Dear Mental health professionals
As a carer of someone with a mental illness I am often the person who gets to see a lot of what happens from both points of view, I see yours and I see that of the person I care for but my voice is often lost or I feel not listened to. I understand that you are often over stretched, underpaid, tired, carrying your own problems, have pressures and constraints from higher up and while I find it really sad and I wish it was changed none of it even crosses my mind at 4 o’clock in the morning when I have four sleeping children and my partner, who I care for in complete crisis and lack of services outside ‘normal hours’ means I somehow have to make it to 9 o’clock to seek any help.
You see for me, I don’t get any let up, I cannot go home at the end of my day or shift and sit down and relax, fall asleep knowing that I don’t have to think about any of it until the next day because I have to live with it, even when Chris is in hospital, the problems don’t just vanish because this is my life. I often feel, sadly by some of you that you take me for granted, that I am the first person you will blame when Chris isn’t well, be it because I didn’t lock up his medication, I fell asleep and he left the house or any other number of other factors. Yet I am the last person a lot of you listen to or even think to speak with, I sometimes feel forgotten until you next need someone to shoulder the blame or responsibility. I just want you to work with me, I am there to help you because I love the person I care for very much, I have eight years worth of understanding, please don’t talk to me like I don’t know him at all. While I don’t hold the qualifications you do, while I am not even considered to be employed and I often tackle the daily stigma around all of this, I know more about him than you likely ever will, because it is me who has been his constant for so long.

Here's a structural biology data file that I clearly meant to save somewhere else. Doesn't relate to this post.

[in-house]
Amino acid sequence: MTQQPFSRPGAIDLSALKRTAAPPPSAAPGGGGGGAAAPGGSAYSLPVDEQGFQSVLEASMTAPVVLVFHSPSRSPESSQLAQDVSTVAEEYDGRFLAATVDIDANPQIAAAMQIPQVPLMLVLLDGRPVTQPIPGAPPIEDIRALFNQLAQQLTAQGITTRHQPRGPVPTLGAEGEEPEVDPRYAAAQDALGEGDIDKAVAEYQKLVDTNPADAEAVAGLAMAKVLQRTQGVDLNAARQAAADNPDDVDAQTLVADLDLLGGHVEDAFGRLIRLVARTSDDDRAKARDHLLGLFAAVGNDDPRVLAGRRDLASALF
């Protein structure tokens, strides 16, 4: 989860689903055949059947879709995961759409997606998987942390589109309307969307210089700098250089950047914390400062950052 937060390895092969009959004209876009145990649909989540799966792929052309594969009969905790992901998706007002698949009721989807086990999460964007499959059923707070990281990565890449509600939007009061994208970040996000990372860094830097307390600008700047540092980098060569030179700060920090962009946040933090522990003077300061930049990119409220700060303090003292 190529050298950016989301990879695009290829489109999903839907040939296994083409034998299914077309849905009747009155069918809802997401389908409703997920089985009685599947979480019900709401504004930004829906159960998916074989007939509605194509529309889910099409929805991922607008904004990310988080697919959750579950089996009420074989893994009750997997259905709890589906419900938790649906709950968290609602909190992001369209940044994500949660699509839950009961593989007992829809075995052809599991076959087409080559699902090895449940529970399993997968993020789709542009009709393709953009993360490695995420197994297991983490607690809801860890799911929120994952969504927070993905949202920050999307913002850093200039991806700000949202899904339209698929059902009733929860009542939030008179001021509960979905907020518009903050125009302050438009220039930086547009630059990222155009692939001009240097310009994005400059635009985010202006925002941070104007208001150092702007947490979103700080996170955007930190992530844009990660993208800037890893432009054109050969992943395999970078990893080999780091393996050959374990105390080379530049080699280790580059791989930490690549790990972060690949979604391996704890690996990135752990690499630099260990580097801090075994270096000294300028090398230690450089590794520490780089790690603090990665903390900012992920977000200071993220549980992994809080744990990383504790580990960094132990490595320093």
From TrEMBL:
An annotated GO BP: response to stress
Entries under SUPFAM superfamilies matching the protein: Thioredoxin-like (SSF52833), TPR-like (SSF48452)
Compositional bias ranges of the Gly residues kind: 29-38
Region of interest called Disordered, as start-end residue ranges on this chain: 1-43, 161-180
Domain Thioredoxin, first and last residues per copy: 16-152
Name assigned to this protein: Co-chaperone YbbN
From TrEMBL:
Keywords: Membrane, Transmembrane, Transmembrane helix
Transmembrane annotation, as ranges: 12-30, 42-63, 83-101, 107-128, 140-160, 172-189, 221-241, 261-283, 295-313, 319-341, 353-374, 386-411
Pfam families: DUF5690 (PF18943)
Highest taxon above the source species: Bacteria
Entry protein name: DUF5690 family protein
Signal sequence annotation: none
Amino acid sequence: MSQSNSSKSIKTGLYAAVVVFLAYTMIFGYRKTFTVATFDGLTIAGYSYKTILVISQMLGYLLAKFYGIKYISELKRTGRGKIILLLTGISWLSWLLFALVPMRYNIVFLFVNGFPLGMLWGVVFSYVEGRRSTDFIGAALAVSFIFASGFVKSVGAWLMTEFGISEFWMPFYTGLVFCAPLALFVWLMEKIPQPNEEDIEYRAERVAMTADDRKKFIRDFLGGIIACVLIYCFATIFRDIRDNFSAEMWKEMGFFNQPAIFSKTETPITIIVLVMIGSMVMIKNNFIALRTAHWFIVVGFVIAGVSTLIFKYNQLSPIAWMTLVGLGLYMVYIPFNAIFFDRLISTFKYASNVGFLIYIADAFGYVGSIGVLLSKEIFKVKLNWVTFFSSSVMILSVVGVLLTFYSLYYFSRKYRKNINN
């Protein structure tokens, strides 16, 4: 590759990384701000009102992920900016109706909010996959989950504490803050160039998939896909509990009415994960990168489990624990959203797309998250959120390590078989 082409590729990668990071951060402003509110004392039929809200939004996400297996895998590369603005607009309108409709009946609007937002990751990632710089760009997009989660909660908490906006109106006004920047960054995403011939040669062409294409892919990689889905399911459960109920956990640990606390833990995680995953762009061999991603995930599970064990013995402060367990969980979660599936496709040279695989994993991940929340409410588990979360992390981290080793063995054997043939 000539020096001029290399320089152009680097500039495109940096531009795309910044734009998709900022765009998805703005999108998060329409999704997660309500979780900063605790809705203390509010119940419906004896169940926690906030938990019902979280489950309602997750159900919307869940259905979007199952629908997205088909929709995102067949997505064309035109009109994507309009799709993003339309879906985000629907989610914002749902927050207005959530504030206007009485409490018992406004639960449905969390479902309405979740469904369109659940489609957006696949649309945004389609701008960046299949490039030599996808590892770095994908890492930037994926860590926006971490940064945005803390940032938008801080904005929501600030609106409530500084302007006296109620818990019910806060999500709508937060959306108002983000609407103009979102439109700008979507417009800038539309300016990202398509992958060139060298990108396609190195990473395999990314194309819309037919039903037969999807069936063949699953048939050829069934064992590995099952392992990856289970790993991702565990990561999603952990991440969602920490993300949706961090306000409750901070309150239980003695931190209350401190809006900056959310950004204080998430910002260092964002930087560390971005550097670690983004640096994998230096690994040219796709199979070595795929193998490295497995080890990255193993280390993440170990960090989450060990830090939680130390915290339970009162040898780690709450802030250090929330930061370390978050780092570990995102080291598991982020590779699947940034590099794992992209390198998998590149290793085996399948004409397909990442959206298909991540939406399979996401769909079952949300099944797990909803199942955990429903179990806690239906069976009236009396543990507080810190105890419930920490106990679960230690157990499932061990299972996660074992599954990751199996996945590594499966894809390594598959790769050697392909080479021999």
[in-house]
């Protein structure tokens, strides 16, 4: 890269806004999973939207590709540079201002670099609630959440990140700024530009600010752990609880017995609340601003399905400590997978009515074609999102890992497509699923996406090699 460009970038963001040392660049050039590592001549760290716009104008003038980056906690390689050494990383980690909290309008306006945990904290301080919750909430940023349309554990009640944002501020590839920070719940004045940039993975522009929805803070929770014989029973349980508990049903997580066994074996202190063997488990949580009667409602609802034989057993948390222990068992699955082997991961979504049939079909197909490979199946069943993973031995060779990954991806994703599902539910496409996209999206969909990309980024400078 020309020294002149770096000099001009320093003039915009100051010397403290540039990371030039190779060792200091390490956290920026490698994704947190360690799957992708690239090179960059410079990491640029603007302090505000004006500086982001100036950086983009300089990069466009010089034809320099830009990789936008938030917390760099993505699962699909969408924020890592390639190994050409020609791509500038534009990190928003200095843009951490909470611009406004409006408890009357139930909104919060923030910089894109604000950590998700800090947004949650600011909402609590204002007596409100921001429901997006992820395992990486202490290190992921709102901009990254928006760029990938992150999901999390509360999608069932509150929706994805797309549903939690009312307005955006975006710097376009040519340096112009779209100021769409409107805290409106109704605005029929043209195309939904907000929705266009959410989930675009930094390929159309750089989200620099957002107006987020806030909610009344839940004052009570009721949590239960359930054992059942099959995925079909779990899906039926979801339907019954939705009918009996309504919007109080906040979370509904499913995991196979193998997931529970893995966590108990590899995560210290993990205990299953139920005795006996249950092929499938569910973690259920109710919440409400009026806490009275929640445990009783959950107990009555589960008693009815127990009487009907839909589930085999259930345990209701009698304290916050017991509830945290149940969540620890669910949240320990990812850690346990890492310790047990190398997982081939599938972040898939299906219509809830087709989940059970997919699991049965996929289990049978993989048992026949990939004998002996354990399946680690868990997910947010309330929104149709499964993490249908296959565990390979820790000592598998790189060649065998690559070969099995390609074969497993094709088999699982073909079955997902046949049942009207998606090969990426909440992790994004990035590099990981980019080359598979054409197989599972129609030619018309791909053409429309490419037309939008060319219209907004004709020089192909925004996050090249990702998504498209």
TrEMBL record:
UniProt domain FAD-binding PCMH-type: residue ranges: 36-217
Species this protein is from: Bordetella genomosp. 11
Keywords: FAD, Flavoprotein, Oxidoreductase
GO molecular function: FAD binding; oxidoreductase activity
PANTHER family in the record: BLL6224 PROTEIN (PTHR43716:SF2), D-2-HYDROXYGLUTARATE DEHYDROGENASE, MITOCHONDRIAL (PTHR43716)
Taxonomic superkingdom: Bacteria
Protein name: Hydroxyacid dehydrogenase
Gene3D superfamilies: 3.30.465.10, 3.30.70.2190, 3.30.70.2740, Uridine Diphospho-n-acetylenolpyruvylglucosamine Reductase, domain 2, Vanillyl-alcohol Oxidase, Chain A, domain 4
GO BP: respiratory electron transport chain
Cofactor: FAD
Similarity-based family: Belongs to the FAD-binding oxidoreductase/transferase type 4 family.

Despite all this there have been a few of you who have been nothing but supportive, understanding and have done anything you can to make things feel a little easier, I just feel so sad that the number is so small. For me it isn’t about doing things that are huge, it is such small things that can make such a difference to people like me, a ‘how are you?’ or a ‘thank you’ is often all it takes to make us feel valued too. A couple of weeks ago a social worker took the time to thank me for all I had done leading up to the person I care for being detained under the mental health act. I was already finding that occasion extremely difficult and it helped to hear someone had recognised the part I had played in all this. Perhaps more of you can voice your thanks to family/friends/carers like me?
I want to thank all of you for the work you do, the time you take and the stress you all endure to help those with mental illness and distress. I hope you remember to look after your own mental wellbeing and to continue fighting the stigma that has always surrounded mental illness. I couldn’t look after the person I care for without your help, and without your help it is likely he wouldn’t be alive now, he would have left four children without a father and a piece of my heart would be forever missing so for that I am ever grateful to you.
Sarah, full time mental health carer and mum of four.